In 1965 Houston and her husband, Robert Masters, started the Foundation for Mind Research in New York City to study methods of exploring human consciousness. She was among a team of experts who had grant money to study the effects of LSD on personality. When legalized tests of the substance ended, they focused on nondrug methods for exploring human consciousness, developing a sensory deprivation chamber, an audiovisual overload chamber, and an Altered States of Consciousness Induction Device (ASCID). That same year, they published their first book together, The Varieties of Psychedelic Experience, elaborating on their mutual and separate studies. The book, featured on the cover of the New York Times Book Review under the headline "Psychedelicious or Psychedelirious?" launched Houston's career as a speaker on college campuses and talk shows. For the remainder of the 1960s she became a maverick against the indiscriminate use of psychedelic drugs, a proponent of controlled nondrug mind-expanding experiences, and an ersatz "drug counselor" trying to talk students on bad trips back to earth.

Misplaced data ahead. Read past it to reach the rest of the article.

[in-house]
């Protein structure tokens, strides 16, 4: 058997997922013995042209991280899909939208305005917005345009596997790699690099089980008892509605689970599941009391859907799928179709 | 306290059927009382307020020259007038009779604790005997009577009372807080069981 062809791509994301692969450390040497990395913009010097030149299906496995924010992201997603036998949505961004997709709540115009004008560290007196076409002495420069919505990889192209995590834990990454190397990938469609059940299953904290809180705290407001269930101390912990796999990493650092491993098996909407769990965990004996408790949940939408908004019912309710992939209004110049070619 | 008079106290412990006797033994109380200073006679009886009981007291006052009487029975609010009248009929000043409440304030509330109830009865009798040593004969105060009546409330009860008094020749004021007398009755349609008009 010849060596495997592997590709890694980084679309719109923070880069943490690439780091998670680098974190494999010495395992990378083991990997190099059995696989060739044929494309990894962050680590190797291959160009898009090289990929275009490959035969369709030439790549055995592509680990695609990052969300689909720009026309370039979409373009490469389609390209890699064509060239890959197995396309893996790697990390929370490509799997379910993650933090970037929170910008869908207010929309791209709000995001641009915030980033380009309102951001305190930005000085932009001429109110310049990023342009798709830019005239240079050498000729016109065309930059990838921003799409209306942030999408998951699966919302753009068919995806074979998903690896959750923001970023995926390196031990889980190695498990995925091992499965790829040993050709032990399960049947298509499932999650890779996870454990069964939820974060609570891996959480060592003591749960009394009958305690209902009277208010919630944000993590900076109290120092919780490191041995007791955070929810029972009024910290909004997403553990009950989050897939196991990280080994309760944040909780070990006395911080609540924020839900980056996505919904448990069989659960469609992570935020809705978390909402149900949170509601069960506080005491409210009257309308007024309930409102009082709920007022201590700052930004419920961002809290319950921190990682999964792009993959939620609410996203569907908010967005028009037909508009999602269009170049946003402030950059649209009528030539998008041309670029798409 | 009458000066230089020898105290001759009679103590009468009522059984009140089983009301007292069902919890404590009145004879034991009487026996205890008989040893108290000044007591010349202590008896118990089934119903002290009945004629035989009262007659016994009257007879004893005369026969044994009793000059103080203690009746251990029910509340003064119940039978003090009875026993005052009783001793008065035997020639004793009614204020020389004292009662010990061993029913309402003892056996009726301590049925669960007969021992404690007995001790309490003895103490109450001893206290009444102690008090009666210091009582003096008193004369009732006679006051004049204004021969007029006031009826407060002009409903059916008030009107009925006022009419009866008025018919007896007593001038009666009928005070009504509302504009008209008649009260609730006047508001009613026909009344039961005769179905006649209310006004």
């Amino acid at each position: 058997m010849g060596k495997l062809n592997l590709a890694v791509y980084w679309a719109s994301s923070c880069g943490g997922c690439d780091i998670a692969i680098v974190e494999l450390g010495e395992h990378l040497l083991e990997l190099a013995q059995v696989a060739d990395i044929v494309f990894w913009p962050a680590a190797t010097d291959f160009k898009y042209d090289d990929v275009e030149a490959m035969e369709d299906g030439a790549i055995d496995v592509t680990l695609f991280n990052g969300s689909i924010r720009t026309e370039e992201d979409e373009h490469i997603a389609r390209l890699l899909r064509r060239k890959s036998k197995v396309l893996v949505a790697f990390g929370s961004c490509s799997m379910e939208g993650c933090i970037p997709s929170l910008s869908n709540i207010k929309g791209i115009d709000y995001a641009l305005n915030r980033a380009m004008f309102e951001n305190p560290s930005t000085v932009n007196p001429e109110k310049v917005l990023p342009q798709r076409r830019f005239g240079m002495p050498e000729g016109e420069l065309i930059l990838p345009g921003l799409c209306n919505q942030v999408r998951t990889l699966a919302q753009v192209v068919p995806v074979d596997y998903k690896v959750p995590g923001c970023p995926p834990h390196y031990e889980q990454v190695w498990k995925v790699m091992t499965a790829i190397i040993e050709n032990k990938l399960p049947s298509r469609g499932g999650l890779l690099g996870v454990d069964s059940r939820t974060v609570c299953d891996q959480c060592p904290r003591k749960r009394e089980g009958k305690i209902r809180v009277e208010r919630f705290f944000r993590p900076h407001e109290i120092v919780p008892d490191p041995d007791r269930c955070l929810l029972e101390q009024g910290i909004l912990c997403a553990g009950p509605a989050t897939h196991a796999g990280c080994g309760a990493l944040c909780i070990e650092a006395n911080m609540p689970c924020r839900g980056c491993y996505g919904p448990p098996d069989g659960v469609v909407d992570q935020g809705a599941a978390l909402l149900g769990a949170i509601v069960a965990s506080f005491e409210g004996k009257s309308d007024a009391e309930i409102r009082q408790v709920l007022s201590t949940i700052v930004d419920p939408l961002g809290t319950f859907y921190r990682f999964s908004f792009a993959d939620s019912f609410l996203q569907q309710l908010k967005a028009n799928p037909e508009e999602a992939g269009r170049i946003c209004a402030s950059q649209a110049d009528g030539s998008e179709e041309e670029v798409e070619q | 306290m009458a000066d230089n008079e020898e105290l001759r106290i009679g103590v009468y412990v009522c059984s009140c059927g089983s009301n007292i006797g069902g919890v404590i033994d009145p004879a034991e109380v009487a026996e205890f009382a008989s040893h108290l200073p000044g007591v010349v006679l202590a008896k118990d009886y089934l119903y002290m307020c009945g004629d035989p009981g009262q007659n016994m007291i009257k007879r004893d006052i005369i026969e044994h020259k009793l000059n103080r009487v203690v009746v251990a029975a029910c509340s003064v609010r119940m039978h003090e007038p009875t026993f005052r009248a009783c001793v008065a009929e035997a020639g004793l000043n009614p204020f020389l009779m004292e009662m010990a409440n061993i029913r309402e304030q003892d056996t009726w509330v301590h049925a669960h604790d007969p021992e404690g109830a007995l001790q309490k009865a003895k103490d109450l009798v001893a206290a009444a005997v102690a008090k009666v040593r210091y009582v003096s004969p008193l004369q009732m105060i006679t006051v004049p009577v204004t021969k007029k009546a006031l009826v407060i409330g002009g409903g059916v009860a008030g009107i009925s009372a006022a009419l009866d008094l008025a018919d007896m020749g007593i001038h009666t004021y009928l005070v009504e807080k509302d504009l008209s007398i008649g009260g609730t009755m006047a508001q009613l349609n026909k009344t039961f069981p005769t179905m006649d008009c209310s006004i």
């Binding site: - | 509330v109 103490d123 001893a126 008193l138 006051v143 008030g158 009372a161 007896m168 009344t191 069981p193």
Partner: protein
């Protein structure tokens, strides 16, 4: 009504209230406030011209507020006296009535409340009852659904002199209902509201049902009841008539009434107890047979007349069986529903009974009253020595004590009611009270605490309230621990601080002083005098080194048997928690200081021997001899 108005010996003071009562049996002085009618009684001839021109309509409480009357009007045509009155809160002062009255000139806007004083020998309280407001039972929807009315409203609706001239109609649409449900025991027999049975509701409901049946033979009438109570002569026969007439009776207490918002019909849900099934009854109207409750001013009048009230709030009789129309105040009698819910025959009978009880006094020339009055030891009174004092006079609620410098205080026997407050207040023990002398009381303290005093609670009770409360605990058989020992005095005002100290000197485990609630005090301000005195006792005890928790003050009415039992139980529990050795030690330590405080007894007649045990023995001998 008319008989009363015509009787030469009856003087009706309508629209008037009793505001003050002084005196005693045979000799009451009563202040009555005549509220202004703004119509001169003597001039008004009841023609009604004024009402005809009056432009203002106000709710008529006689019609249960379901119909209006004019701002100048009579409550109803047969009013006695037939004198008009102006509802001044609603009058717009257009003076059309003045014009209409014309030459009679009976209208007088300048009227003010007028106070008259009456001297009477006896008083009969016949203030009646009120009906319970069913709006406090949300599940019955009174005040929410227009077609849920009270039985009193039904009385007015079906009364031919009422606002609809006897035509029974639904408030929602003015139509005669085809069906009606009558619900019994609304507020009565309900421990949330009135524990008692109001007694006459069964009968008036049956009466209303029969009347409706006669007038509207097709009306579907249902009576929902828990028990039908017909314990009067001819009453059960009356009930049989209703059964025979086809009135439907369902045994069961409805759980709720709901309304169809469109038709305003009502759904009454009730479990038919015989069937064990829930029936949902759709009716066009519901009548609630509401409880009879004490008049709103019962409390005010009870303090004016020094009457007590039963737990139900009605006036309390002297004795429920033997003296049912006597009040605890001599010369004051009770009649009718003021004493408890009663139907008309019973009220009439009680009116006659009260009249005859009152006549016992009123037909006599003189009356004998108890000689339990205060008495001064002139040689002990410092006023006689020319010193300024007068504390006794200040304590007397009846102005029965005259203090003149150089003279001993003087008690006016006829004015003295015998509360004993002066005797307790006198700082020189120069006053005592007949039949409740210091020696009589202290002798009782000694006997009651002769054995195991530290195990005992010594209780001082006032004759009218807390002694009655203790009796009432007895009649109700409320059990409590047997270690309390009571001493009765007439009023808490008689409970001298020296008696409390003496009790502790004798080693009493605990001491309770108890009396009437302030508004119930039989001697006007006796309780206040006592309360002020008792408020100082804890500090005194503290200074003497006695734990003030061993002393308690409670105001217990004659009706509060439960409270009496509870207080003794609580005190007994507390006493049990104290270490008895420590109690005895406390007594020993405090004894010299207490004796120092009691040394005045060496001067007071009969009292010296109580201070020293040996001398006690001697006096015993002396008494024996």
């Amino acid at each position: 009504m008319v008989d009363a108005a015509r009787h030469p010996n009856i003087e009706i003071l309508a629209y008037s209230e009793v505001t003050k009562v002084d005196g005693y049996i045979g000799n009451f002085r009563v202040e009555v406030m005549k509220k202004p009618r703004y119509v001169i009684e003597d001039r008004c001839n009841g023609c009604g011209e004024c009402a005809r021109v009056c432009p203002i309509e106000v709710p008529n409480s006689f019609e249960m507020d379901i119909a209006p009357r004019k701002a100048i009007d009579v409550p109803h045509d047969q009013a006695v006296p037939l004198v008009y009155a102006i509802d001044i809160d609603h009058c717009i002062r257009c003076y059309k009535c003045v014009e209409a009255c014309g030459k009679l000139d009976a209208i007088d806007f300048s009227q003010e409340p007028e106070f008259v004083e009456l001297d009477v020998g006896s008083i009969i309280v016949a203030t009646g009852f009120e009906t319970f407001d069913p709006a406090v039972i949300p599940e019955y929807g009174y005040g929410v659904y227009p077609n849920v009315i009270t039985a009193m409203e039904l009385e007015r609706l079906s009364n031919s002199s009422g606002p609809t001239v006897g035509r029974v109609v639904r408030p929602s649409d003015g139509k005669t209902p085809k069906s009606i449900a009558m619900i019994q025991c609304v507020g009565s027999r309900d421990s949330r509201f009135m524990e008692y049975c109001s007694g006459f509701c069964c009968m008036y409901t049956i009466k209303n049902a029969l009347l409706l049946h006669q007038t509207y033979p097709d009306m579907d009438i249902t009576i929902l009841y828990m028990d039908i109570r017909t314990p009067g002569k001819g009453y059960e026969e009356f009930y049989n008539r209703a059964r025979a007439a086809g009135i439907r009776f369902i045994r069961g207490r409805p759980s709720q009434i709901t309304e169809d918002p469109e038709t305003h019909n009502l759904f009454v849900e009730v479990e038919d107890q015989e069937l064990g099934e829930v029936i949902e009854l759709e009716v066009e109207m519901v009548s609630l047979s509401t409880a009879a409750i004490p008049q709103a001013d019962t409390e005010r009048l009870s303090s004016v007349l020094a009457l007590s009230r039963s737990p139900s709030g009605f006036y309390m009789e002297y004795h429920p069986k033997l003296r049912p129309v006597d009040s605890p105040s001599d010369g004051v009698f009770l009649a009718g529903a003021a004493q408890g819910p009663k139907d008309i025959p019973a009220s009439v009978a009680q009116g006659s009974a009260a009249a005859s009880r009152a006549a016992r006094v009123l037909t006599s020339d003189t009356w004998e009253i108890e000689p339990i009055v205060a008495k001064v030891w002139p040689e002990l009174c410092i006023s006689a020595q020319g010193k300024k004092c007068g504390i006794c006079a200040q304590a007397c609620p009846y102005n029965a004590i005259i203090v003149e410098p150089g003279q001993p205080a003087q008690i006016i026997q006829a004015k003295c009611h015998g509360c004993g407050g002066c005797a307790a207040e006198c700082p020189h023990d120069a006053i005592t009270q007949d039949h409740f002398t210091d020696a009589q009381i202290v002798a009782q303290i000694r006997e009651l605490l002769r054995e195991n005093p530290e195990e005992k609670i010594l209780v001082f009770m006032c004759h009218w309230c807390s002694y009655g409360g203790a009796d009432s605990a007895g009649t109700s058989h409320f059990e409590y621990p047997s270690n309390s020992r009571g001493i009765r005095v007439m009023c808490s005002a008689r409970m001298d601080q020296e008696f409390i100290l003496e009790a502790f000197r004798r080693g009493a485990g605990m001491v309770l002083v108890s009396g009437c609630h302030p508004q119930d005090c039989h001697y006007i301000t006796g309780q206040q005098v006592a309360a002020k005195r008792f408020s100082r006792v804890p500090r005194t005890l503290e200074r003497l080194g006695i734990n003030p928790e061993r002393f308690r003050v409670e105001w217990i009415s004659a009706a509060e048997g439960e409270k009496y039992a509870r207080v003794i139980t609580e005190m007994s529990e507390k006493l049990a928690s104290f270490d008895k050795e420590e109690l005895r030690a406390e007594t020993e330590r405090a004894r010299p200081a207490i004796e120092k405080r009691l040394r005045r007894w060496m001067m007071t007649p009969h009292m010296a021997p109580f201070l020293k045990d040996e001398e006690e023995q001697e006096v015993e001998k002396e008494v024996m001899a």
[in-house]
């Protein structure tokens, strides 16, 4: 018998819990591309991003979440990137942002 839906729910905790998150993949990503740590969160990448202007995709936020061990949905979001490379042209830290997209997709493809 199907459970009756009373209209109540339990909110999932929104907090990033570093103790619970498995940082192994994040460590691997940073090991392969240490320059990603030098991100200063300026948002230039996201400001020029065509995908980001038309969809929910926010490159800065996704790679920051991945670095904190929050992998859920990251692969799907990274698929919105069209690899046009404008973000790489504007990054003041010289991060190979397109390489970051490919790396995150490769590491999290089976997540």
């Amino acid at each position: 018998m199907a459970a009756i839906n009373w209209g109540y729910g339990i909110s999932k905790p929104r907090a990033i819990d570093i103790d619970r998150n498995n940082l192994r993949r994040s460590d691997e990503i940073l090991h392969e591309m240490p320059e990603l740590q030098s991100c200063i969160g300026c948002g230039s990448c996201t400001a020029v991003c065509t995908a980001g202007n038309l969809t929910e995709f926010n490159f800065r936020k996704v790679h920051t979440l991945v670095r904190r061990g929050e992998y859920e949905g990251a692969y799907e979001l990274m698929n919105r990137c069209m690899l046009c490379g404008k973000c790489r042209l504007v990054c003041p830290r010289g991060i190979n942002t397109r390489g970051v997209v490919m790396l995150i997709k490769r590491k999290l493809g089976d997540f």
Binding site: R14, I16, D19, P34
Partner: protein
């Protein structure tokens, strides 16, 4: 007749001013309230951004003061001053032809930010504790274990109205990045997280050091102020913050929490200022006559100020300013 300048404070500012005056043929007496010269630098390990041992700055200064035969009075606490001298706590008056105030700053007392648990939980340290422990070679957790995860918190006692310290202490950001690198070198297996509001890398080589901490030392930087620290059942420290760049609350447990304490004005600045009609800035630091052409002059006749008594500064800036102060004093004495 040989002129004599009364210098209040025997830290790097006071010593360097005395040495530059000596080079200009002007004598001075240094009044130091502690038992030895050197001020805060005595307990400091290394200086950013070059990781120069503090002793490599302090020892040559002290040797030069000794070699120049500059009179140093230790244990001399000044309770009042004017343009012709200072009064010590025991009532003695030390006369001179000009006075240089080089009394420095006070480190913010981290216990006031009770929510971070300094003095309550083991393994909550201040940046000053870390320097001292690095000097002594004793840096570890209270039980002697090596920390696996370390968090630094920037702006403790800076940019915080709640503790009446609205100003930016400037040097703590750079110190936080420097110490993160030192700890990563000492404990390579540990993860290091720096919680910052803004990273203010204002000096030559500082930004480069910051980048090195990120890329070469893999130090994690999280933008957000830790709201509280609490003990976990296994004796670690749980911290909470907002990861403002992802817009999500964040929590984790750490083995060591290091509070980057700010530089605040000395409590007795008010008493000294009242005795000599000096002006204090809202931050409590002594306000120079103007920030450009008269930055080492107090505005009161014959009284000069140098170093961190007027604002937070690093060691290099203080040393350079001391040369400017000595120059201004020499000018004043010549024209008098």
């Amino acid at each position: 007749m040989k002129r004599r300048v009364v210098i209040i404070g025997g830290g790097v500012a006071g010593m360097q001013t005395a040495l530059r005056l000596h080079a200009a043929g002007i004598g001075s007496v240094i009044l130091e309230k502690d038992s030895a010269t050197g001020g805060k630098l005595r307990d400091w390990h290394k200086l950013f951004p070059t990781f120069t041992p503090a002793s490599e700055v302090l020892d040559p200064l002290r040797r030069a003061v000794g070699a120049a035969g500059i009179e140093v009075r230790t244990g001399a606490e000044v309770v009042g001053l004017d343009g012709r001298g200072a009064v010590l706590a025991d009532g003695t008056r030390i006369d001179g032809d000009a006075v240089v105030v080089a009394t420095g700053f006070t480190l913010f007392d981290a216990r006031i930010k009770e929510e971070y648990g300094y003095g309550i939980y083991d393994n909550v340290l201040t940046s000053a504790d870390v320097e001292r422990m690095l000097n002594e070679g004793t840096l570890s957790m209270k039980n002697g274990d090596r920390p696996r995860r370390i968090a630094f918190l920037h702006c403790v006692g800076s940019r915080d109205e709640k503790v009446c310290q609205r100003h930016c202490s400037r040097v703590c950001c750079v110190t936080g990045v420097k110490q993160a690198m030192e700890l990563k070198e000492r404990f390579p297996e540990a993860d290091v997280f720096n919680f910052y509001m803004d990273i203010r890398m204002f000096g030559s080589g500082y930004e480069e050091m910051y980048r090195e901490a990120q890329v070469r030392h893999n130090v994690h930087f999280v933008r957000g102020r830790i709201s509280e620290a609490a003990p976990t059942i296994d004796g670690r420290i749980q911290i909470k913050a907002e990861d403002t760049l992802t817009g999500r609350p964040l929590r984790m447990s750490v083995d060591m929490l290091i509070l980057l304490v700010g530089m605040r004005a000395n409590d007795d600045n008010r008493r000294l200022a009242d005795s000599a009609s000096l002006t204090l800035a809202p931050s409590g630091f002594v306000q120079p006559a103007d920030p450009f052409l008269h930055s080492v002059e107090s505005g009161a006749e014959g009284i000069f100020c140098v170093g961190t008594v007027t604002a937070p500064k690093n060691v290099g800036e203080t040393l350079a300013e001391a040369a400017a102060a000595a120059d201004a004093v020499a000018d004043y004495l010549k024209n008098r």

Mind Games (1972) addresses much of Houston's and Masters' work in the 1960s, describing their attempts to utilize altered states of consciousness for educational purposes. The late mythologist Joseph Campbell, with whom Houston conducted seminars and workshops, wrote that Houston and Masters had "broken through to a new understanding of the…disciplines of inward-turned contemplation," leaving behind Freudian techniques of the day. Their focus, he argued, was not on curing disease but on enlarging health and discovering the joy, mystery, and life-wisdom of the unconscious.
A protégé of Margaret Mead, with a matching sense of curiosity, independence, and mettle, Houston learned the workings of organizations and power structures Mead had observed in her work as an anthropologist. "Go out and make the money [for the foundation] yourself," Mead advised Houston. "Then the job you want to do gets done and you are beholden to no one." Both Campbell and Mead served on the Foundation Advisory Board, as did Israeli physicist Moshe Feldenkrais, artist Leo Katz, and philosopher Alan W. Watts.